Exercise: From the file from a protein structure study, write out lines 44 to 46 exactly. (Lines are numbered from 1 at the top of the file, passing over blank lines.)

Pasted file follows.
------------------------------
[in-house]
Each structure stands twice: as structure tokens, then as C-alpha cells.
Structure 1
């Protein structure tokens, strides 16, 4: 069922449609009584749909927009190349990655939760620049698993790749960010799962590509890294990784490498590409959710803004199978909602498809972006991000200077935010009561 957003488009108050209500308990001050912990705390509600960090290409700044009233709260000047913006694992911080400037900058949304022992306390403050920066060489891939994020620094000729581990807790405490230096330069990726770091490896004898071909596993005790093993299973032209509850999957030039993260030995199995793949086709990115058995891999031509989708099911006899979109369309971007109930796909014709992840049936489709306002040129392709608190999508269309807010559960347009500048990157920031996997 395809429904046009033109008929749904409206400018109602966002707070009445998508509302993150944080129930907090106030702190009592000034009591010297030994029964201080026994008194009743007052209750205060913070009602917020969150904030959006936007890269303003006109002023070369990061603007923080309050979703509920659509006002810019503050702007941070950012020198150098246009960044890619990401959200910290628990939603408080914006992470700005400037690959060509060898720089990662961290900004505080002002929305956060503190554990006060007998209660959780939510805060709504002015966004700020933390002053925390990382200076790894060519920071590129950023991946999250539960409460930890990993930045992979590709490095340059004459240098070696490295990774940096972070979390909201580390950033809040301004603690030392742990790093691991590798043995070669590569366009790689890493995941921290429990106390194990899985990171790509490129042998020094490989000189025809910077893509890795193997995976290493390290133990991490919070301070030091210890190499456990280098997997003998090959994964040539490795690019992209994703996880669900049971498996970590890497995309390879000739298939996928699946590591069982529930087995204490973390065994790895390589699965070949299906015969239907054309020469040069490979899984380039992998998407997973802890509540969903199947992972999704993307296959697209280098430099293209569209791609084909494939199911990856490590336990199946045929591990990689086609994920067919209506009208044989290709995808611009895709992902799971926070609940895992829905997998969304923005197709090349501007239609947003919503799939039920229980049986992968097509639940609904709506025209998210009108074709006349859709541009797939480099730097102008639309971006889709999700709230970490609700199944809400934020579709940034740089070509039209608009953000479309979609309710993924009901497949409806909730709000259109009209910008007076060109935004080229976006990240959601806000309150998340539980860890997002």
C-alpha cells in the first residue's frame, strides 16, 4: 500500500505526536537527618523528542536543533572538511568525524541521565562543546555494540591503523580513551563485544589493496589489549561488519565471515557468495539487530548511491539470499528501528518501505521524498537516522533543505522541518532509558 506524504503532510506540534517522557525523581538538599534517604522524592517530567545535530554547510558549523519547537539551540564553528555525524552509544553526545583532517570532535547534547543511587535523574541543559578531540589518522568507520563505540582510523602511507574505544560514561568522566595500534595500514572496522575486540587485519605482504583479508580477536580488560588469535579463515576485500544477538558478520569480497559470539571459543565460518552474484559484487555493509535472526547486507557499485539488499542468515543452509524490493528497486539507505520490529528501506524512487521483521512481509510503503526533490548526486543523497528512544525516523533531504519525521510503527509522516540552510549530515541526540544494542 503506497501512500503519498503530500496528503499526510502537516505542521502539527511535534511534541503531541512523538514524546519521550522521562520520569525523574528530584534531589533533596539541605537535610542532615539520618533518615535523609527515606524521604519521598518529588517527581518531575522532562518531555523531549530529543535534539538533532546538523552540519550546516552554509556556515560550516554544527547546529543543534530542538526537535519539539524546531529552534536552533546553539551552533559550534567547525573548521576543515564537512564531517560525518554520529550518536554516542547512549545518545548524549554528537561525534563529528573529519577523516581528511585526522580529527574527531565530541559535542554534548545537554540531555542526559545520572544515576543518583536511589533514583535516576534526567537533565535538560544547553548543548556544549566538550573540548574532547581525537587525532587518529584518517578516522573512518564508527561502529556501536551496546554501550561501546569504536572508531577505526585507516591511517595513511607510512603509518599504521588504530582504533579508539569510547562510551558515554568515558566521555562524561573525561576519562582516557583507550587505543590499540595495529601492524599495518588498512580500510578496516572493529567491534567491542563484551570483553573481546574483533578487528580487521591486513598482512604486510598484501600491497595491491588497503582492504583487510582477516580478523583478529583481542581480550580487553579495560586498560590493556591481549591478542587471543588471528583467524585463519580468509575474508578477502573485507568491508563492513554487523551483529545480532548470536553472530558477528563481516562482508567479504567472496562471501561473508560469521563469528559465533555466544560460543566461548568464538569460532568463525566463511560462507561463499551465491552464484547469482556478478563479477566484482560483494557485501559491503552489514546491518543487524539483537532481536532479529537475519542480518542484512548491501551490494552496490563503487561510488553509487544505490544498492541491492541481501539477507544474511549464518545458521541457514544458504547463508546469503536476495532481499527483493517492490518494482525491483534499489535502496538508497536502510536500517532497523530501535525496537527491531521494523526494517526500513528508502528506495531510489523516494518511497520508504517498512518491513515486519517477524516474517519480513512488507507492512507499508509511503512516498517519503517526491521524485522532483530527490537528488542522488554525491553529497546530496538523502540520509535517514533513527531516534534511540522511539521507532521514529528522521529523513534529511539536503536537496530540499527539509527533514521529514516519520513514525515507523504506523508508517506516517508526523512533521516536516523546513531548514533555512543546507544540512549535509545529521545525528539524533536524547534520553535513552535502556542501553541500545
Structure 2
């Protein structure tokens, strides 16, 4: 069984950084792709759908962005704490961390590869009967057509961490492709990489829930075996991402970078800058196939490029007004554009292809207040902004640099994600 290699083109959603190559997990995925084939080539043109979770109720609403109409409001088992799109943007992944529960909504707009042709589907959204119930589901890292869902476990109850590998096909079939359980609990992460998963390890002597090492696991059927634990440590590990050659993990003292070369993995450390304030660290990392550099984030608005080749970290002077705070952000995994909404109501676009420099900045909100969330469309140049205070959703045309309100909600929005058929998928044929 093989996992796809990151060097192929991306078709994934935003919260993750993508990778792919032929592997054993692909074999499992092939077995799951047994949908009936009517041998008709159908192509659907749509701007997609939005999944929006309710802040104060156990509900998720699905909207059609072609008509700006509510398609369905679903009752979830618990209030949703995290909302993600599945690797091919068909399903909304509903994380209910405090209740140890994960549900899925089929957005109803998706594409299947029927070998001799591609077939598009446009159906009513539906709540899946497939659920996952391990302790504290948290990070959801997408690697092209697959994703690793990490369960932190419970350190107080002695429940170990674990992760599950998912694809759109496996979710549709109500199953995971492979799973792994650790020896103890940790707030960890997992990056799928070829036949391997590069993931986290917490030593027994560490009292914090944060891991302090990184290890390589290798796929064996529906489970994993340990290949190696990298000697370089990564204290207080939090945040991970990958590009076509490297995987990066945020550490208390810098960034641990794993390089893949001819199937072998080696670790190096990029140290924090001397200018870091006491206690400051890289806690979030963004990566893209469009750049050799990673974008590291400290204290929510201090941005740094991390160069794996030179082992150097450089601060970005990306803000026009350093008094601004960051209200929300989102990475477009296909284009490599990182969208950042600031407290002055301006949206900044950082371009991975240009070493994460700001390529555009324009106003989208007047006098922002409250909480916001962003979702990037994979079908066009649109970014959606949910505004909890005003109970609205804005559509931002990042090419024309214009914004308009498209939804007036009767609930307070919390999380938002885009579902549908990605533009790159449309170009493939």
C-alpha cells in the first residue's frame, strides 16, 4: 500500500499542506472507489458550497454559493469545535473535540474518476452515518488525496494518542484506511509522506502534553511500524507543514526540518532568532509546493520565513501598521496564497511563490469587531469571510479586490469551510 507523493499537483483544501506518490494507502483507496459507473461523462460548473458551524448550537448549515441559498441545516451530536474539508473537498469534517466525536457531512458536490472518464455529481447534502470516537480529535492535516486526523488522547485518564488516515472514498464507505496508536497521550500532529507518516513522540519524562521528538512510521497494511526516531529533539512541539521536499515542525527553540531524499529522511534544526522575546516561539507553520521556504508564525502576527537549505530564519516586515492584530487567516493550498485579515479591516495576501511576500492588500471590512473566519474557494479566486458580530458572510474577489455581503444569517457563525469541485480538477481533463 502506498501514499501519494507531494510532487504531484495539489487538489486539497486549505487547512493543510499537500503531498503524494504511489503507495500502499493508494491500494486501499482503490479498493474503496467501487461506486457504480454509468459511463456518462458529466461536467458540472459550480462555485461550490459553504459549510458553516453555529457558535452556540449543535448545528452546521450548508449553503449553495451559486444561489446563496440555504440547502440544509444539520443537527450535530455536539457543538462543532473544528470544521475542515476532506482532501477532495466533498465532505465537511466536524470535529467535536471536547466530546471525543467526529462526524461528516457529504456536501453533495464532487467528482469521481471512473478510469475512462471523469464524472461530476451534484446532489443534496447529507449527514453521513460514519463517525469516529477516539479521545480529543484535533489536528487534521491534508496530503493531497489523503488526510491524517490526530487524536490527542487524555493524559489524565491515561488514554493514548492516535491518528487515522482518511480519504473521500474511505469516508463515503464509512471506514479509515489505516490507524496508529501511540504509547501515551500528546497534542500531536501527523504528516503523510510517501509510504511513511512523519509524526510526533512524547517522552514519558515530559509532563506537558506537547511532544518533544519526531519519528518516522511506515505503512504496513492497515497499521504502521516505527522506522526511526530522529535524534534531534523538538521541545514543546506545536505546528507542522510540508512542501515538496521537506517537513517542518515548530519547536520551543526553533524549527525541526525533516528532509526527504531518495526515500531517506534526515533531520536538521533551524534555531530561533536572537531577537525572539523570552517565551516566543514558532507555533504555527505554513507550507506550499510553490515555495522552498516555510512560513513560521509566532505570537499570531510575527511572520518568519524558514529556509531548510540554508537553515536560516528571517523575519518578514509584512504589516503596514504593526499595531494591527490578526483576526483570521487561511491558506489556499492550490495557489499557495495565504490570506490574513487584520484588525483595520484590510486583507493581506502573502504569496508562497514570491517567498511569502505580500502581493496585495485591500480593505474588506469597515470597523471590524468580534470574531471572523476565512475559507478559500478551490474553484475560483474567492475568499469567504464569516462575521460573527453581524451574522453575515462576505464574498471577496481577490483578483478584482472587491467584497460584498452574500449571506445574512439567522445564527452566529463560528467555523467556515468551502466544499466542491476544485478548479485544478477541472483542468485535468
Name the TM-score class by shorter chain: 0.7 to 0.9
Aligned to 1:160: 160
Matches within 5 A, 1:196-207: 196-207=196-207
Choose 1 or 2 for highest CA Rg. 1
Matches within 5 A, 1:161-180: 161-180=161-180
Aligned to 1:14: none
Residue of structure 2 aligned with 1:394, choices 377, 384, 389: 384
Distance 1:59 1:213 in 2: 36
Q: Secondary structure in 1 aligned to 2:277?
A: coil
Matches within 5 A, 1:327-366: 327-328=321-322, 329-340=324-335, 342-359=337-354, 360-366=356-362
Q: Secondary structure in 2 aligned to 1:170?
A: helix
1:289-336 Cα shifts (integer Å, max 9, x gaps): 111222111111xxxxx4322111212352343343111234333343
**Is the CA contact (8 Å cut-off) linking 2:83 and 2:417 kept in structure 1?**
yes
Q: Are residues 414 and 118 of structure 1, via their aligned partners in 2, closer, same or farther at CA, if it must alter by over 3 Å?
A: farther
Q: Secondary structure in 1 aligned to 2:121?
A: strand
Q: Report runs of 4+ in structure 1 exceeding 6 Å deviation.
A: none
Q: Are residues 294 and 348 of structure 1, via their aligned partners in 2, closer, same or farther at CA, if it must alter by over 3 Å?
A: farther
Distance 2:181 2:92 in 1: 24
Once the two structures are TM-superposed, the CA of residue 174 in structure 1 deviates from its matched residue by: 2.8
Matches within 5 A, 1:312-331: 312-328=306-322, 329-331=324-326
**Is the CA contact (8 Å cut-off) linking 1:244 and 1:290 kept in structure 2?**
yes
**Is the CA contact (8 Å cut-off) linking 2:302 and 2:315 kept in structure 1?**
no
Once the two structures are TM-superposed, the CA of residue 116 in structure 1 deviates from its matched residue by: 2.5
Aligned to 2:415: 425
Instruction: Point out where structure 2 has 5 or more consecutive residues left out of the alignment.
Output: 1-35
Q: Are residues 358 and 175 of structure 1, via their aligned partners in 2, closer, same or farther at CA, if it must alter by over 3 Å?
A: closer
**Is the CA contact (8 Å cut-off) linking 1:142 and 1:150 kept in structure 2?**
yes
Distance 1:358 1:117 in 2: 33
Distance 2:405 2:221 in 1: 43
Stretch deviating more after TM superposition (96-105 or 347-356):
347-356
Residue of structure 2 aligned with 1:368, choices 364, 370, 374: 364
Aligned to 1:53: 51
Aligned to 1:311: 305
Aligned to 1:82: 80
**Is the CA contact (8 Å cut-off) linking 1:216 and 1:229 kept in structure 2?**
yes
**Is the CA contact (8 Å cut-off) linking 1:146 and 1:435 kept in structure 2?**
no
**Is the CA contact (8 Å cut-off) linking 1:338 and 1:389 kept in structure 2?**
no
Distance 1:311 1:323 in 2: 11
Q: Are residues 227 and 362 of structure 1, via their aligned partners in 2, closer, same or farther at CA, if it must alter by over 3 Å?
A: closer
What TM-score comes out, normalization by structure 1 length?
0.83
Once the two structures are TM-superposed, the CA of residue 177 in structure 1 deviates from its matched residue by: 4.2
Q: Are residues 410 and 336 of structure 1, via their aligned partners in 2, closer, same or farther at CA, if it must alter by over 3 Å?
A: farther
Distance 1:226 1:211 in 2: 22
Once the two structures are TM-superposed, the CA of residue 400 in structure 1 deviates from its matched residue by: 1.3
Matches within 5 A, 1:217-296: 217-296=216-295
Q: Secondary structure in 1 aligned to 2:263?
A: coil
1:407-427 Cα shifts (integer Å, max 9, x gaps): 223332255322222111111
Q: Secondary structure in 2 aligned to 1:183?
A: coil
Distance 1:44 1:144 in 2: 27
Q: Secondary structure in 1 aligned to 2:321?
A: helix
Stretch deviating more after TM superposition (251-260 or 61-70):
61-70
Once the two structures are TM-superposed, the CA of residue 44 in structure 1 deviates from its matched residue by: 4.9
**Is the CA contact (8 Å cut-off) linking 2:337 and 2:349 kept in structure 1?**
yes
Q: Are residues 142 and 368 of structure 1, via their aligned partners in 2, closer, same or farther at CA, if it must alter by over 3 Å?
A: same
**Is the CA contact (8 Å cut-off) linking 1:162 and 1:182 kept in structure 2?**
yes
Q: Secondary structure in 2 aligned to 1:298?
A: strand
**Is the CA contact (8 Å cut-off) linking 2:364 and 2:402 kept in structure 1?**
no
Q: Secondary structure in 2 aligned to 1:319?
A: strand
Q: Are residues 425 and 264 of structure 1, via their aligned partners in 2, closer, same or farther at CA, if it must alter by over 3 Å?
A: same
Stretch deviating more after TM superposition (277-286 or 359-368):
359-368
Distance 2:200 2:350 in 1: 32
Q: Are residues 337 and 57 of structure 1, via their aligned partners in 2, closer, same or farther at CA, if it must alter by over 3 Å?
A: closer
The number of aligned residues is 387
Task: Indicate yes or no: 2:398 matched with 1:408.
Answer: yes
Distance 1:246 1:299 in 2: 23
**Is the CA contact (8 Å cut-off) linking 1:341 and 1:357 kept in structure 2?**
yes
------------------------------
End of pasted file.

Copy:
Q: Are residues 358 and 175 of structure 1, via their aligned partners in 2, closer, same or farther at CA, if it must alter by over 3 Å?
A: closer
**Is the CA contact (8 Å cut-off) linking 1:142 and 1:150 kept in structure 2?**